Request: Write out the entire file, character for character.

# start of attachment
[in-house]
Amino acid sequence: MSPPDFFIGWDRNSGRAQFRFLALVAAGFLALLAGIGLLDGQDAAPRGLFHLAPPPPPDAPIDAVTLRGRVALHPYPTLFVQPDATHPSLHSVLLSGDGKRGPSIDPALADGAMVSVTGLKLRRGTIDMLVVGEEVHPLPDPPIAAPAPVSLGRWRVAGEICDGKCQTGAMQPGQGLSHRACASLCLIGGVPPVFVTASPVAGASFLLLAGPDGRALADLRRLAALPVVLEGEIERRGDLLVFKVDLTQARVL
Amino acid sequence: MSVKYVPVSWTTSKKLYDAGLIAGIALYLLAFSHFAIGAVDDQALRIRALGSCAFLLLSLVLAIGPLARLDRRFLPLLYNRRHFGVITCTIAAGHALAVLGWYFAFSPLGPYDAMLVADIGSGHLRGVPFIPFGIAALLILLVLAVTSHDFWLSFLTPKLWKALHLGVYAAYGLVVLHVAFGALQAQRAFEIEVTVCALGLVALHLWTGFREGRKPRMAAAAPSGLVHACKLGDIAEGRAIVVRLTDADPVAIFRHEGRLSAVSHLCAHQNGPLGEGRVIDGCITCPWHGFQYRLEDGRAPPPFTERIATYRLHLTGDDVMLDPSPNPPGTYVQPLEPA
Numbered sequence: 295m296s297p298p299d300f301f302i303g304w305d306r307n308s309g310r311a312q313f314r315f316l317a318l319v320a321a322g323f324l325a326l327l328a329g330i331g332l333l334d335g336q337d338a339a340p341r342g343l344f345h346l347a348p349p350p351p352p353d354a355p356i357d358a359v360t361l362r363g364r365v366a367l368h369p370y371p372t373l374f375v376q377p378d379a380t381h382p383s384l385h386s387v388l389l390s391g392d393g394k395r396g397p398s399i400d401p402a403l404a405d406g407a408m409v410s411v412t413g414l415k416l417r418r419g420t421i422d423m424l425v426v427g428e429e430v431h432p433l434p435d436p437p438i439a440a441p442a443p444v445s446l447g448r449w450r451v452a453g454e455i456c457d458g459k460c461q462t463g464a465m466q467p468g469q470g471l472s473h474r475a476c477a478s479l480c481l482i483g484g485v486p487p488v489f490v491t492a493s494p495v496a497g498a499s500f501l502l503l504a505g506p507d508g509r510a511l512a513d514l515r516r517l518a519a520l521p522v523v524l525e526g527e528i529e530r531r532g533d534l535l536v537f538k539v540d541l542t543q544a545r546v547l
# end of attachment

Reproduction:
[in-house]
Amino acid sequence: MSPPDFFIGWDRNSGRAQFRFLALVAAGFLALLAGIGLLDGQDAAPRGLFHLAPPPPPDAPIDAVTLRGRVALHPYPTLFVQPDATHPSLHSVLLSGDGKRGPSIDPALADGAMVSVTGLKLRRGTIDMLVVGEEVHPLPDPPIAAPAPVSLGRWRVAGEICDGKCQTGAMQPGQGLSHRACASLCLIGGVPPVFVTASPVAGASFLLLAGPDGRALADLRRLAALPVVLEGEIERRGDLLVFKVDLTQARVL
Amino acid sequence: MSVKYVPVSWTTSKKLYDAGLIAGIALYLLAFSHFAIGAVDDQALRIRALGSCAFLLLSLVLAIGPLARLDRRFLPLLYNRRHFGVITCTIAAGHALAVLGWYFAFSPLGPYDAMLVADIGSGHLRGVPFIPFGIAALLILLVLAVTSHDFWLSFLTPKLWKALHLGVYAAYGLVVLHVAFGALQAQRAFEIEVTVCALGLVALHLWTGFREGRKPRMAAAAPSGLVHACKLGDIAEGRAIVVRLTDADPVAIFRHEGRLSAVSHLCAHQNGPLGEGRVIDGCITCPWHGFQYRLEDGRAPPPFTERIATYRLHLTGDDVMLDPSPNPPGTYVQPLEPA
Numbered sequence: 295m296s297p298p299d300f301f302i303g304w305d306r307n308s309g310r311a312q313f314r315f316l317a318l319v320a321a322g323f324l325a326l327l328a329g330i331g332l333l334d335g336q337d338a339a340p341r342g343l344f345h346l347a348p349p350p351p352p353d354a355p356i357d358a359v360t361l362r363g364r365v366a367l368h369p370y371p372t373l374f375v376q377p378d379a380t381h382p383s384l385h386s387v388l389l390s391g392d393g394k395r396g397p398s399i400d401p402a403l404a405d406g407a408m409v410s411v412t413g414l415k416l417r418r419g420t421i422d423m424l425v426v427g428e429e430v431h432p433l434p435d436p437p438i439a440a441p442a443p444v445s446l447g448r449w450r451v452a453g454e455i456c457d458g459k460c461q462t463g464a465m466q467p468g469q470g471l472s473h474r475a476c477a478s479l480c481l482i483g484g485v486p487p488v489f490v491t492a493s494p495v496a497g498a499s500f501l502l503l504a505g506p507d508g509r510a511l512a513d514l515r516r517l518a519a520l521p522v523v524l525e526g527e528i529e530r531r532g533d534l535l536v537f538k539v540d541l542t543q544a545r546v547l